Camp Maluhia, the largest Boy Scouts of America camp in Hawaii, received $1.5 million from the state for facility improvements and repairs as part of $41.2 million in state funding for capital improvement projects released by Gov. Neil Abercrombie on June 6.
Scouting officials said the state money will help install a new 60,000-gallon water tank used for fire suppression while the group continues to revamp the popular campsite.
"Camp Maluhia is a heavily utilized resource for the Maui community, and unfortunately it has been neglected over the years," Boy Scout Executive Robert Nakagawa said. "We are trying to reinvest to make it what it can be for our community."
Local Boy Scouts are not the only ones who use the camp. Every year, dozens of school groups, visiting Scout troops, nonprofit organizations and the Maui community occupy the camp for retreats and gatherings, according to the camp website. The camp is occupied 60 percent of the year and 95 percent of weekends throughout the year.
With that much use, the buildings and campsite need constant upkeep, Nakagawa said. However, some buildings have not been updated since the 1930s, when the camp first started, he said.
Last November, the Maui County Boy Scouts of America started a campaign to raise $7 million for renovations to Camp Maluhia. Now, with the recently approved $1.5 million from the state and a $250,000 grant from the county for the planning and development of a new dining hall, the Scouts are nearly halfway there, Nakagawa said.
While the Scouts have mostly focused their fundraising efforts on private foundations and state and county grants, Nakagawa said they will launch a public campaign soon.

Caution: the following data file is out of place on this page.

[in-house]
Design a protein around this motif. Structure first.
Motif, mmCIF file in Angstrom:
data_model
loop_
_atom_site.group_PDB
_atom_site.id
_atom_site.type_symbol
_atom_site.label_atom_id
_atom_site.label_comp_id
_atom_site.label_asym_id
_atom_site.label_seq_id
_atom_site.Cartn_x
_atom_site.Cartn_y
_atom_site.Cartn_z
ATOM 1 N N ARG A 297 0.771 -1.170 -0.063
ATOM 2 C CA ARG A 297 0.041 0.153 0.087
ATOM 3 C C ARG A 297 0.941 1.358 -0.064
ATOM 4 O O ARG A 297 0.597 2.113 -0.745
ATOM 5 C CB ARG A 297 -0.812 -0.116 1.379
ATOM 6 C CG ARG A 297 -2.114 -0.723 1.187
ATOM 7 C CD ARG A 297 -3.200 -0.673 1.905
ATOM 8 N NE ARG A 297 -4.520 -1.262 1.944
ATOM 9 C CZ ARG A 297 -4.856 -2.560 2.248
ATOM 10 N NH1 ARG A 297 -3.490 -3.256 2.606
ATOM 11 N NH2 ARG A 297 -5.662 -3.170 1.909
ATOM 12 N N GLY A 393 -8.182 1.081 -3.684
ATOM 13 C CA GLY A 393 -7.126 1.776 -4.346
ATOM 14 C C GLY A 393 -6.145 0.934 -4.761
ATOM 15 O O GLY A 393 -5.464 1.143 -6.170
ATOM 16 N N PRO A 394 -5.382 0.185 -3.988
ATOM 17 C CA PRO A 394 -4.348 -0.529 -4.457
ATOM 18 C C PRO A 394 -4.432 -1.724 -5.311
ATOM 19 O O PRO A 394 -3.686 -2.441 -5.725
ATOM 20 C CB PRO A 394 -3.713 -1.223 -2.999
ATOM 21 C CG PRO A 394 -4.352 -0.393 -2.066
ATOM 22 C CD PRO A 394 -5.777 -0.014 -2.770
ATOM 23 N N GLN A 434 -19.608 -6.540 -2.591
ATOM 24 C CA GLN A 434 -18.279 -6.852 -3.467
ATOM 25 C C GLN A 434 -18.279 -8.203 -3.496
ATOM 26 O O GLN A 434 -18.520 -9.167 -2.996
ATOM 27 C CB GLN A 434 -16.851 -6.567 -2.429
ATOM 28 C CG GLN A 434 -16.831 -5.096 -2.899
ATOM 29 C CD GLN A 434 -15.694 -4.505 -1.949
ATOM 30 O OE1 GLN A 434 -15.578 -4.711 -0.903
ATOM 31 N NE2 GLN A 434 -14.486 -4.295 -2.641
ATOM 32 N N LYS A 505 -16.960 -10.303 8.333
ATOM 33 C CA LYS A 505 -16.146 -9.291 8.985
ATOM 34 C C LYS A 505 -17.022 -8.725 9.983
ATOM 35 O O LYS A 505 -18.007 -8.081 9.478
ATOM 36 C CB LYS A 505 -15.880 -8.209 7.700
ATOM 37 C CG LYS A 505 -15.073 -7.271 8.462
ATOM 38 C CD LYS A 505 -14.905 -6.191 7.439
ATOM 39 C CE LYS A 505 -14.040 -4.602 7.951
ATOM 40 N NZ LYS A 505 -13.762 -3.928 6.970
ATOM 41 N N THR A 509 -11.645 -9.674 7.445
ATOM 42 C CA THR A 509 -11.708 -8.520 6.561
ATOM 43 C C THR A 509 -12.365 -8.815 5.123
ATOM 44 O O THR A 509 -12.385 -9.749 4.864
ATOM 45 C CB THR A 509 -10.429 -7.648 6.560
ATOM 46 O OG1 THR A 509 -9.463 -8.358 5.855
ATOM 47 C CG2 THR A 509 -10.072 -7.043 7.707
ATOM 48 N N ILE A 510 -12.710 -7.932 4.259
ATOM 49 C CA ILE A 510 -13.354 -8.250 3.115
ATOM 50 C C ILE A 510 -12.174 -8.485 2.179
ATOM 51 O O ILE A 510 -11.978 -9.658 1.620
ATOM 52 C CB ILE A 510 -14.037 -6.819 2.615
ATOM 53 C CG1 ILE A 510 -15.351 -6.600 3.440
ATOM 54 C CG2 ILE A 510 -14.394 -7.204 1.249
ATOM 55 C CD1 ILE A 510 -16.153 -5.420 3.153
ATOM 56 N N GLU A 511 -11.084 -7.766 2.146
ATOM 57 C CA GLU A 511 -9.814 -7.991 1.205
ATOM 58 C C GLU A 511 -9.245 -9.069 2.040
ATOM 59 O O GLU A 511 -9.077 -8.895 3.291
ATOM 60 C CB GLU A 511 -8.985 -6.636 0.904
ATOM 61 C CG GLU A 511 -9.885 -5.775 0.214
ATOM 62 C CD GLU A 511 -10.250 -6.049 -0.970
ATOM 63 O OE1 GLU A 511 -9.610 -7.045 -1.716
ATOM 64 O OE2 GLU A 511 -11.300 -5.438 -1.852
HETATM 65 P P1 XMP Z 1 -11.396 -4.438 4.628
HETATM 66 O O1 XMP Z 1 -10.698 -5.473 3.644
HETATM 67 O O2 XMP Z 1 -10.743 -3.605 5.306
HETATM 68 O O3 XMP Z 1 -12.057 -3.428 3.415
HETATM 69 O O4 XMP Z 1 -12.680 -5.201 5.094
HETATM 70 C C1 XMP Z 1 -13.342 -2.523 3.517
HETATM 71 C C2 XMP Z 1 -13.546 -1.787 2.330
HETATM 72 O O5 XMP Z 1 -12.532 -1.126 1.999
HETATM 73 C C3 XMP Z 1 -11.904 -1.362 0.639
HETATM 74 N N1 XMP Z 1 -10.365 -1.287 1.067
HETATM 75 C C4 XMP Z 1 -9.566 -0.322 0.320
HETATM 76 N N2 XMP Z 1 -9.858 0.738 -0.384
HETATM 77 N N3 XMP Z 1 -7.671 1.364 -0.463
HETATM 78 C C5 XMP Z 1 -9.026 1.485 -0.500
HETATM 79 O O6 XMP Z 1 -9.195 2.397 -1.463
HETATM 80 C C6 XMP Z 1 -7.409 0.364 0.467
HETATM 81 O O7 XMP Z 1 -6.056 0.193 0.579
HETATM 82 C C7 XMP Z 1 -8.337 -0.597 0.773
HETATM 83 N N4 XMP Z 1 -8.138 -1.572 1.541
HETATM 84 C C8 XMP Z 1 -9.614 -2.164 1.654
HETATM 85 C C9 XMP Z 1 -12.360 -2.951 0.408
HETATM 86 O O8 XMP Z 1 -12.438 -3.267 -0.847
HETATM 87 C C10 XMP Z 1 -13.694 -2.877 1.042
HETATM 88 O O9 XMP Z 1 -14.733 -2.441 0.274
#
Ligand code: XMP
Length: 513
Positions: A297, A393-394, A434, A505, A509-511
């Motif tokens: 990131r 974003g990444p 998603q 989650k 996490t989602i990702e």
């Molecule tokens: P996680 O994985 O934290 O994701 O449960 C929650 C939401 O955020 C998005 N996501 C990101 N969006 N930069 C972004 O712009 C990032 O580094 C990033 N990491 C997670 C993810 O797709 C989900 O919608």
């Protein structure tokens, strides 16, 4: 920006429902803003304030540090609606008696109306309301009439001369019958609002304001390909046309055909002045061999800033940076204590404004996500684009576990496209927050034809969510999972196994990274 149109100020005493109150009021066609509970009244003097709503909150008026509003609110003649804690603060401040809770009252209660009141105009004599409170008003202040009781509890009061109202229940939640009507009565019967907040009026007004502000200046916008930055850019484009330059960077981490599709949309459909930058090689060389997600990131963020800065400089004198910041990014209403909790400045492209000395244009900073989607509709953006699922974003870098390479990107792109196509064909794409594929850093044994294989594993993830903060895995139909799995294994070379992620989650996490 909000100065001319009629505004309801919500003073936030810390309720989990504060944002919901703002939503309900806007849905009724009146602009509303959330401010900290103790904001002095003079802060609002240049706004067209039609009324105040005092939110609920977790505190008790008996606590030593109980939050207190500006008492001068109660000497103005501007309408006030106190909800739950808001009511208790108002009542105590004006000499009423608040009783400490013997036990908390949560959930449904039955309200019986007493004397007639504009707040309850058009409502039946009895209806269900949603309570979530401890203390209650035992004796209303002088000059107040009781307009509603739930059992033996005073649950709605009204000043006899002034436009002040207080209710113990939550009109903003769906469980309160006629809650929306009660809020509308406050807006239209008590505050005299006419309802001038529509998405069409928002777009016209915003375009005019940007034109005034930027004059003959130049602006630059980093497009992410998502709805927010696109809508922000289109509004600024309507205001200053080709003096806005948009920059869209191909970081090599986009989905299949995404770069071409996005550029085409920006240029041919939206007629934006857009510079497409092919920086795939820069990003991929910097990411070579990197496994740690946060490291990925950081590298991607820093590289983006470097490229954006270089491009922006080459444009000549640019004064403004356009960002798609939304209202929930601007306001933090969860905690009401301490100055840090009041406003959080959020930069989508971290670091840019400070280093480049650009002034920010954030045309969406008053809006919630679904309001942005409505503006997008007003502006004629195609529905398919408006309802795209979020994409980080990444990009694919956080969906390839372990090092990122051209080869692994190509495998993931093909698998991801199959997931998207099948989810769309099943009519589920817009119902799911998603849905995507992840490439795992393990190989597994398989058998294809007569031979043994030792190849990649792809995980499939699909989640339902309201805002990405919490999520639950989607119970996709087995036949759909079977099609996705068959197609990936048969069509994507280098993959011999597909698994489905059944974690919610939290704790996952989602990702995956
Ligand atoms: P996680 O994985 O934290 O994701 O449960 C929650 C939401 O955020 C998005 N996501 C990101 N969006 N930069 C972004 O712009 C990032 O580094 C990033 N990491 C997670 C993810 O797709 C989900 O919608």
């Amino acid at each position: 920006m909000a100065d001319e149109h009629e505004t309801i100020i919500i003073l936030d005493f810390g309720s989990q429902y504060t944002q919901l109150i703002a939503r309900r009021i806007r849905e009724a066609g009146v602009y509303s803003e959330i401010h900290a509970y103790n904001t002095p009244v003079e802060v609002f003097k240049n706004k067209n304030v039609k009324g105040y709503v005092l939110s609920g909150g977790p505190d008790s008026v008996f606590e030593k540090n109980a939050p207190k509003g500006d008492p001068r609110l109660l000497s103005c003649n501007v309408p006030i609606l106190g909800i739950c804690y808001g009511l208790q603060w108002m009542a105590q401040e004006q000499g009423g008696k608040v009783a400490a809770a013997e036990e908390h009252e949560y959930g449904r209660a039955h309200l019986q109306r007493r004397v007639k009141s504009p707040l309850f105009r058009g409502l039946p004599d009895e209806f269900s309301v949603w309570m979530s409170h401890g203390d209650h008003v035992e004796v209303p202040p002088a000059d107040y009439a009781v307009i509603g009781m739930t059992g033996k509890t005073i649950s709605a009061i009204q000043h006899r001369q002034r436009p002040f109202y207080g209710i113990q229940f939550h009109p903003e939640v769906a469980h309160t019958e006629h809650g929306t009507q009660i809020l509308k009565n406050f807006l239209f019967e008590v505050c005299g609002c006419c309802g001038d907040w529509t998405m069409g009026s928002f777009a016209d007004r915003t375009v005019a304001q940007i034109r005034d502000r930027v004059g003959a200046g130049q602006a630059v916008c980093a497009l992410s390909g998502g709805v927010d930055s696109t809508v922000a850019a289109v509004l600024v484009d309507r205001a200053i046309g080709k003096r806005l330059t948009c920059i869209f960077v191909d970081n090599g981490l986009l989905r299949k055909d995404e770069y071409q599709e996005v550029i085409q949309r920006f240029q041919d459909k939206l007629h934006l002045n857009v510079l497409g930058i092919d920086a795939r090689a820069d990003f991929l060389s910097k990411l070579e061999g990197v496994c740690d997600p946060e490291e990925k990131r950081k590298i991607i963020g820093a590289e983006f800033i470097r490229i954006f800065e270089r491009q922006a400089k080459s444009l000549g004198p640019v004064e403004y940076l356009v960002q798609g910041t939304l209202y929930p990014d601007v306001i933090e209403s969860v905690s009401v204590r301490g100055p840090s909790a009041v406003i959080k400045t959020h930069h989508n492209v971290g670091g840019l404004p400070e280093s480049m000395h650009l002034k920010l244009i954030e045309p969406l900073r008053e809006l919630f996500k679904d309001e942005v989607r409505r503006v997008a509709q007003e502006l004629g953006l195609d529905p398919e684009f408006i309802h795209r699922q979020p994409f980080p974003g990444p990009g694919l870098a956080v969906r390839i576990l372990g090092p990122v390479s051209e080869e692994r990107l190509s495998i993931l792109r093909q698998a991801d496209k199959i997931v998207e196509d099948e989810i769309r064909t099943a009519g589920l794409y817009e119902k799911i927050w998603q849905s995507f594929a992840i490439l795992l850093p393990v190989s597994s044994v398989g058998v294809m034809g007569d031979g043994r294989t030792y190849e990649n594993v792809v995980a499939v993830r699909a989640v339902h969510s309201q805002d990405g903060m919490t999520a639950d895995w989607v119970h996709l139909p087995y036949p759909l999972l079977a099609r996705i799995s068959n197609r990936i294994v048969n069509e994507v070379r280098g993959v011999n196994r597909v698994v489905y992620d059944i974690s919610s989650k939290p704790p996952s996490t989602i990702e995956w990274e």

"We wanted to see what we can raise first before going out into the community," he said.
Despite not having reached the $7 million fundraising goal, improvements at Camp Maluhia have begun. Scouting officials installed two new restrooms earlier this year, and they plan to have the third restroom installed by next year.
Imua Family Services has been hosting its weeklong summer camp program for special needs children, Camp Imua, at the Maluhia site for the past 37 years.
About 57 special needs children took part in this year's program. Children were able to play at the beach, surf on paddleboards, zip-line, go horseback riding and even take a helicopter ride.
But it is Camp Maluhia's large swimming pool that is one of the major draws for special needs children, according to camp organizers.
"Swimming is therapeutic. It's something all skill levels, even paraplegic children, can do," Imua Family Services Executive Director Dean Wong said. "Someone who has autism can still swim, deaf children. . . . Everyone is on the same playing field in the water."
No other campsite on Maui has a swimming pool, Wong said.
He added that the location of the camp - about eight miles from Central Maui - is another perk.
"It feels like you're far away because it's secluded, but it has quick access to town so if we need medical attention or supplies, it's only 15 minutes away, which is important especially for special needs (children)," Wong said.
Other Valley Isle projects that received state funding this month include:
* $6.5 million for dam construction and reservoir maintenance on Maui and Kauai.
* $2.9 million for the reroofing construction and an emergency generator connection at the Department of Health facility at Kamauleule Building. Part of the funds will also go toward improvements at Oahu's Waimano Ridge building and other "miscellaneous improvements."
* $660,000 for Phase 1 of the Waiohuli Community Center.
* $200,000 for construction to replace the ramp, two loading docks and parking lot improvements at Mala Boat Ramp.
* $120,000 for roof and flooring replacement and electrical systems upgrade at the Division of Conservation and Resources Enforcement Office.
* $66,720 for replacement of central boiler system at Maui Community Correctional Center.
Statewide, public libraries received $4.6 million for improvements, and rockfall and flood mitigation initiatives received $3.5 million.
"These projects are contributing to Hawaii's improving employment and economic growth, predicted to outpace the national growth rate over the next year," Abercrombie said in an announcement. He added that his administration has released more than $1.5 billion for capital improvement projects since taking office in 2010.
* Eileen Chao can be reached at firstname.lastname@example.org.